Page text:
The Road to Jonestown: Jim Jones and Peoples Temple

Trumpeting assurances of a Promised Land, Jim Jones welcomed followers into his fold. Using intimidation, fear tactics and blatant falsehoods, he kept them there. The volatile religious leader and his Peoples Temple are the focus of Jeff Guinn's The Road to Jonestown. The former investigative journalist records the electrically charged history of events that led up to November 1978's mass suicide. How could a tragedy of such scale occur in apparent devotion to one man? With the same methodical research and meticulous prose that he brought to the chilling biography Manson, Guinn unravels the bewildering rise and fall of the American cult that inadvertently spawned the admonition "Don't drink the Kool-Aid."

Jones began his career as a Methodist preacher in 1953, at the age of 21, building an early following on ideals of integration and socialism. Over time, however, he evolved into a demagogue, enlisting the aid of his politically savvy wife and several unwavering devotees to set about establishing his Peoples Temple. Guinn doesn't flinch at the gruesome details of the preacher's final stand against interlopers encroaching on his supremacy. By 1977, temple defectors were enlisting the help of Congress to retrieve family members from Jonestown, and newspapers were investigating the colony's leadership. As American forces closed in, Jones pulled the trigger. If he couldn't have his paradise, no one would get out alive.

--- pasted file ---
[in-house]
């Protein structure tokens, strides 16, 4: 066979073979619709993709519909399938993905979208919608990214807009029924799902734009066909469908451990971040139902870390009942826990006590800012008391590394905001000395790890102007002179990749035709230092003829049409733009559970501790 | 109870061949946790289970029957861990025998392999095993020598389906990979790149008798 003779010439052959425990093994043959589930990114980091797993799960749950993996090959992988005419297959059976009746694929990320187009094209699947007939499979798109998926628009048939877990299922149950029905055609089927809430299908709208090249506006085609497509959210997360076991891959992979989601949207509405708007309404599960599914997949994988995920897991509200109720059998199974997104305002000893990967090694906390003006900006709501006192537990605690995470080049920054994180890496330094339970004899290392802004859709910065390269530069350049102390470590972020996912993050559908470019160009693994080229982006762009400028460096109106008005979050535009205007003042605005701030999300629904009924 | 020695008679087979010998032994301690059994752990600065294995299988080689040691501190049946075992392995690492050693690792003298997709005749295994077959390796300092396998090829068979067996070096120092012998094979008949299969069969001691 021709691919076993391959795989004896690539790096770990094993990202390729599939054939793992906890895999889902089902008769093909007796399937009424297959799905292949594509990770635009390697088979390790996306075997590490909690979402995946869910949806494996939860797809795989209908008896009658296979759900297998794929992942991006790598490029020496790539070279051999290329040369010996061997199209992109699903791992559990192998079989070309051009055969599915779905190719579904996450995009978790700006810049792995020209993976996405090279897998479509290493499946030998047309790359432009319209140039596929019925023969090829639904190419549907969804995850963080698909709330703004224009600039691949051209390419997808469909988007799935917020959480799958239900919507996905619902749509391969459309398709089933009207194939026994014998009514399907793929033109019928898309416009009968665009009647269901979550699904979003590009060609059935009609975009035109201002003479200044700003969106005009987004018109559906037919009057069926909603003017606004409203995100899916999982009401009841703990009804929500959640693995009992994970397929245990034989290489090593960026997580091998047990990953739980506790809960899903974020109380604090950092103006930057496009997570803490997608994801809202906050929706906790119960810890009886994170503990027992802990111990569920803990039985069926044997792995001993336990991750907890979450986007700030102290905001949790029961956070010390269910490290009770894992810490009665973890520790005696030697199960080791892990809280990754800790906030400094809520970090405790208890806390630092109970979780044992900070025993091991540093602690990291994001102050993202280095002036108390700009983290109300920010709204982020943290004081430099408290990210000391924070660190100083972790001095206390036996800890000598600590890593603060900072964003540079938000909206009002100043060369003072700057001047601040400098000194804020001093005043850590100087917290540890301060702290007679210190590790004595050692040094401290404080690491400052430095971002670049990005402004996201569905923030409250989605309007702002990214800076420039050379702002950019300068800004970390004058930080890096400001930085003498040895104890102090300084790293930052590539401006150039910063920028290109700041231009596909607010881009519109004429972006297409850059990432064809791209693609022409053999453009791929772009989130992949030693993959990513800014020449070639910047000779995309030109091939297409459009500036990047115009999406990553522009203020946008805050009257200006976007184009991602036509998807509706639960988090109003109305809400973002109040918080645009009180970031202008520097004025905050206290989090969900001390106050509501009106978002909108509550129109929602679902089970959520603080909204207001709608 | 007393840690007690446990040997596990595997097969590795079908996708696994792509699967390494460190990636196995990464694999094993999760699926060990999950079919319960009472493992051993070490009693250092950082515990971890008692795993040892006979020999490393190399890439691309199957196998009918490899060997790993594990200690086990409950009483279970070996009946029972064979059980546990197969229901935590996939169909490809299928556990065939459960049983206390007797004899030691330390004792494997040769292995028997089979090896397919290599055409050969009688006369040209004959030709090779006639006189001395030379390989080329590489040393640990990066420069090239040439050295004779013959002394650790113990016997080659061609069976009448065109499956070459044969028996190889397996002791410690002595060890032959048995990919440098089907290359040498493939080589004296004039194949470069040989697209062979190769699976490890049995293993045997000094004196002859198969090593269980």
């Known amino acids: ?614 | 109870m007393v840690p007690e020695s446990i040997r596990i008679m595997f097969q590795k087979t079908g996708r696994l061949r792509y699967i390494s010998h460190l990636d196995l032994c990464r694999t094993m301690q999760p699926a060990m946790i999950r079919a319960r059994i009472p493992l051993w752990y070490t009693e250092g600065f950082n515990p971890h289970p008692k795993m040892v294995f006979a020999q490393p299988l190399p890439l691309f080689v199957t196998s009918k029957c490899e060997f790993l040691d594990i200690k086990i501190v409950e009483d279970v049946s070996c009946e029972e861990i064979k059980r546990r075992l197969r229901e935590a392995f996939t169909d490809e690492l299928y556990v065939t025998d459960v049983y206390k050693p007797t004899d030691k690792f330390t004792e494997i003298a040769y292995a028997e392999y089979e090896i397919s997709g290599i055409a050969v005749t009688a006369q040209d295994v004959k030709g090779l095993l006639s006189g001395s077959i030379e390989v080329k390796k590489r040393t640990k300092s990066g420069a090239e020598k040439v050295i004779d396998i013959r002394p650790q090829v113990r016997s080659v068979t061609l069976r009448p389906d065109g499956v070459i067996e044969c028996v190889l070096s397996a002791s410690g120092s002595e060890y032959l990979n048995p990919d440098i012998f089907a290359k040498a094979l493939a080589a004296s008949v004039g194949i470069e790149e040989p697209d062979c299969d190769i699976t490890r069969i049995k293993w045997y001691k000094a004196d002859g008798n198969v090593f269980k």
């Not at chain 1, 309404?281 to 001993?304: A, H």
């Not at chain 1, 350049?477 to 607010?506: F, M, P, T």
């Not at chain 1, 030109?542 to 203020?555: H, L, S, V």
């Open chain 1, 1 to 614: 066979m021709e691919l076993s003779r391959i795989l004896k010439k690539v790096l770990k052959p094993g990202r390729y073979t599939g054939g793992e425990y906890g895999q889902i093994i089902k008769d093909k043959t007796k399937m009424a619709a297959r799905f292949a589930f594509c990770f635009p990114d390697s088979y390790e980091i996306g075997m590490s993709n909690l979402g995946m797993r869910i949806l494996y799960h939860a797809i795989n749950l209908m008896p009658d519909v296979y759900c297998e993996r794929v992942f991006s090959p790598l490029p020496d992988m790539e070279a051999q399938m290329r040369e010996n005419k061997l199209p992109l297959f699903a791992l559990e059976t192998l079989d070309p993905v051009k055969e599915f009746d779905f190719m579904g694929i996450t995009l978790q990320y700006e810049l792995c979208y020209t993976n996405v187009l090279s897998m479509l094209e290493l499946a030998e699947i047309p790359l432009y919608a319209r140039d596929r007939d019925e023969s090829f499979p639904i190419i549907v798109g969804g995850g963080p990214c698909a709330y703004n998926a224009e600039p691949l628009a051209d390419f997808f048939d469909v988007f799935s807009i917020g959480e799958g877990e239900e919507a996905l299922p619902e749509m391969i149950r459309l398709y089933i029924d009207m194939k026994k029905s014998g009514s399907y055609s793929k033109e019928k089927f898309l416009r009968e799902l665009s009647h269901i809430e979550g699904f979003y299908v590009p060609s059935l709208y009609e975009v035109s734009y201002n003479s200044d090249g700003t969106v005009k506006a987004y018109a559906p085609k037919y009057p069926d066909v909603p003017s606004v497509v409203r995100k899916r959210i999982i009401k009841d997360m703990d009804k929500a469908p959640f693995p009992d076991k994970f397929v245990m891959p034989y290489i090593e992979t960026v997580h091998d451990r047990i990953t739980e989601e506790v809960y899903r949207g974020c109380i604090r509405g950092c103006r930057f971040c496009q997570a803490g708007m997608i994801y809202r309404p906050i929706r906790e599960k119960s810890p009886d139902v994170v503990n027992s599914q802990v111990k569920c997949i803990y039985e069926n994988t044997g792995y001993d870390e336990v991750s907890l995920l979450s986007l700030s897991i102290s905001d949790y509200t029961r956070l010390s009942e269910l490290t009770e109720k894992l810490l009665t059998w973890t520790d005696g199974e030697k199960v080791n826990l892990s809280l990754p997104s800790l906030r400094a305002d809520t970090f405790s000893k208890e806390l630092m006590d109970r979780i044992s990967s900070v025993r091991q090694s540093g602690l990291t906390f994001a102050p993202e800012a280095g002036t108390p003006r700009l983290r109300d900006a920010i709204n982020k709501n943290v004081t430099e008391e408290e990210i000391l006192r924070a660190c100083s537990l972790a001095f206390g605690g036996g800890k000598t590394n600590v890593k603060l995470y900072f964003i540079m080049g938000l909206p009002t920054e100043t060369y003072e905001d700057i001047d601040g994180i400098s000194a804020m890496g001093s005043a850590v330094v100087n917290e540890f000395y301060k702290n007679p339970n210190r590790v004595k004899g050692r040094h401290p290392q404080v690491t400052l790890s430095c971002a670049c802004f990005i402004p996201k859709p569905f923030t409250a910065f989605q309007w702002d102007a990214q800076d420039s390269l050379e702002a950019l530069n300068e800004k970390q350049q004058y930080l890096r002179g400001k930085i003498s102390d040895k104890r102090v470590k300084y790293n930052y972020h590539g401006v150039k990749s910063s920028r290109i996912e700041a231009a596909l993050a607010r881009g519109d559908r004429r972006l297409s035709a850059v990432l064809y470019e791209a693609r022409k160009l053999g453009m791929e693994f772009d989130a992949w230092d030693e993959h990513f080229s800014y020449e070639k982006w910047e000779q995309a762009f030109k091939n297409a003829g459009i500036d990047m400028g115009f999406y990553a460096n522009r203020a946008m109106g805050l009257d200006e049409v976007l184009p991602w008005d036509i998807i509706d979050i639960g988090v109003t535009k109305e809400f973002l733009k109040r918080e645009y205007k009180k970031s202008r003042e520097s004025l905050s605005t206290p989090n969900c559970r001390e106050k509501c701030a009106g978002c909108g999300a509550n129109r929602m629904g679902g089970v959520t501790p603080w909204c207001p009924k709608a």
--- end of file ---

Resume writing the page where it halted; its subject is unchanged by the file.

Entering the minds of megalomaniacal mass murderers is a talent of Jeff Guinn's. Nearly 40 years after the fact, he carefully examines how a reckless obsession with power greedily destroyed those in its sway. One hopes that today's demagogues won't get the same satisfaction. --Dave Wheeler, associate editor, Shelf Awareness

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